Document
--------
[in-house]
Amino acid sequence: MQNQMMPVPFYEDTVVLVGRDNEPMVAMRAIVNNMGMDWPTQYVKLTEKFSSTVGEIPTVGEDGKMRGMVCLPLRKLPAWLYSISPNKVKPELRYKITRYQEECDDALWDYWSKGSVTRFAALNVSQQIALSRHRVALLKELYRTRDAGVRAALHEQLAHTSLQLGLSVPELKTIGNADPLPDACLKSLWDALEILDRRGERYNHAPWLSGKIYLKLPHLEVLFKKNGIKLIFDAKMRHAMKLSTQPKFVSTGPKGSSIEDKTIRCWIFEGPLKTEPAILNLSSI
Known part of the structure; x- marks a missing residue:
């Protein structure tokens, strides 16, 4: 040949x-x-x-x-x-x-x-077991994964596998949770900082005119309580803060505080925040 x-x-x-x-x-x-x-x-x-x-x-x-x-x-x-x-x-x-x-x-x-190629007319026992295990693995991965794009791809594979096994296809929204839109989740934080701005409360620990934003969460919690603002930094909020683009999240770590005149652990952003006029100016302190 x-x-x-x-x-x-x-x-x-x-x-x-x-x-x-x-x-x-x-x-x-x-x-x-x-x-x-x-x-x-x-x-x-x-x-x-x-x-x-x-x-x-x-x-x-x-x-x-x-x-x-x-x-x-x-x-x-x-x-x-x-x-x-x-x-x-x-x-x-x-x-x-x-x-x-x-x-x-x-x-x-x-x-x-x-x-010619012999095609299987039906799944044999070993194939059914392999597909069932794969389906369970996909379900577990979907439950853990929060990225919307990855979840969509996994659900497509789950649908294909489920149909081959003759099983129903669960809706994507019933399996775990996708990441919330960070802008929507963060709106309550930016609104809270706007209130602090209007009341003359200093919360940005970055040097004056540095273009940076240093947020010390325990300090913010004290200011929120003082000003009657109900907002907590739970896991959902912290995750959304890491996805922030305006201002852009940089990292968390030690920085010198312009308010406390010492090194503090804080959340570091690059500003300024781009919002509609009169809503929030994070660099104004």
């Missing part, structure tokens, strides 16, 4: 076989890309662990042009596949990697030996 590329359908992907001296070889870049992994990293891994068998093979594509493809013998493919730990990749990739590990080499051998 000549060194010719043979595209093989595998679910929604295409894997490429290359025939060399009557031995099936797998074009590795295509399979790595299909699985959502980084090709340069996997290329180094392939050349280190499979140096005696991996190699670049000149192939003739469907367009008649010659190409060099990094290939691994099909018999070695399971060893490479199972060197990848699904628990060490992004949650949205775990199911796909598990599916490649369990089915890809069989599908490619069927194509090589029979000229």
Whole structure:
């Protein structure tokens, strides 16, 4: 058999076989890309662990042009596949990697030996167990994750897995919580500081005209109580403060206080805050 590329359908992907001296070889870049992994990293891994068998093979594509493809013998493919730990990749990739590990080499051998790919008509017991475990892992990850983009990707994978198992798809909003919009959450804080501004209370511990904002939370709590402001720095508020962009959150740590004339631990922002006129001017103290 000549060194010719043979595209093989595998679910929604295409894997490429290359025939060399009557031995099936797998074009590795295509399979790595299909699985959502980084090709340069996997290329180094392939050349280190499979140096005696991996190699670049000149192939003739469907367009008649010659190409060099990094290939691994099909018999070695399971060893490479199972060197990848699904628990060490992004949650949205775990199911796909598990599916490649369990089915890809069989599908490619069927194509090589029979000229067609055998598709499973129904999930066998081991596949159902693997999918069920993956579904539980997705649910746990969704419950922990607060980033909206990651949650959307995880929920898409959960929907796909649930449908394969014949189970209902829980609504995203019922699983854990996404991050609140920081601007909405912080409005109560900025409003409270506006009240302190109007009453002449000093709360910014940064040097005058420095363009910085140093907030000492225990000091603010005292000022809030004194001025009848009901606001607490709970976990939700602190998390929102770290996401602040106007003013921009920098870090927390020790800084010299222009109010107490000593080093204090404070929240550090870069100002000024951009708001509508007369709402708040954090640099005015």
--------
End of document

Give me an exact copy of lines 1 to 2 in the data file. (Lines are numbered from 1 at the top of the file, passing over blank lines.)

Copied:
[in-house]
Amino acid sequence: MQNQMMPVPFYEDTVVLVGRDNEPMVAMRAIVNNMGMDWPTQYVKLTEKFSSTVGEIPTVGEDGKMRGMVCLPLRKLPAWLYSISPNKVKPELRYKITRYQEECDDALWDYWSKGSVTRFAALNVSQQIALSRHRVALLKELYRTRDAGVRAALHEQLAHTSLQLGLSVPELKTIGNADPLPDACLKSLWDALEILDRRGERYNHAPWLSGKIYLKLPHLEVLFKKNGIKLIFDAKMRHAMKLSTQPKFVSTGPKGSSIEDKTIRCWIFEGPLKTEPAILNLSSI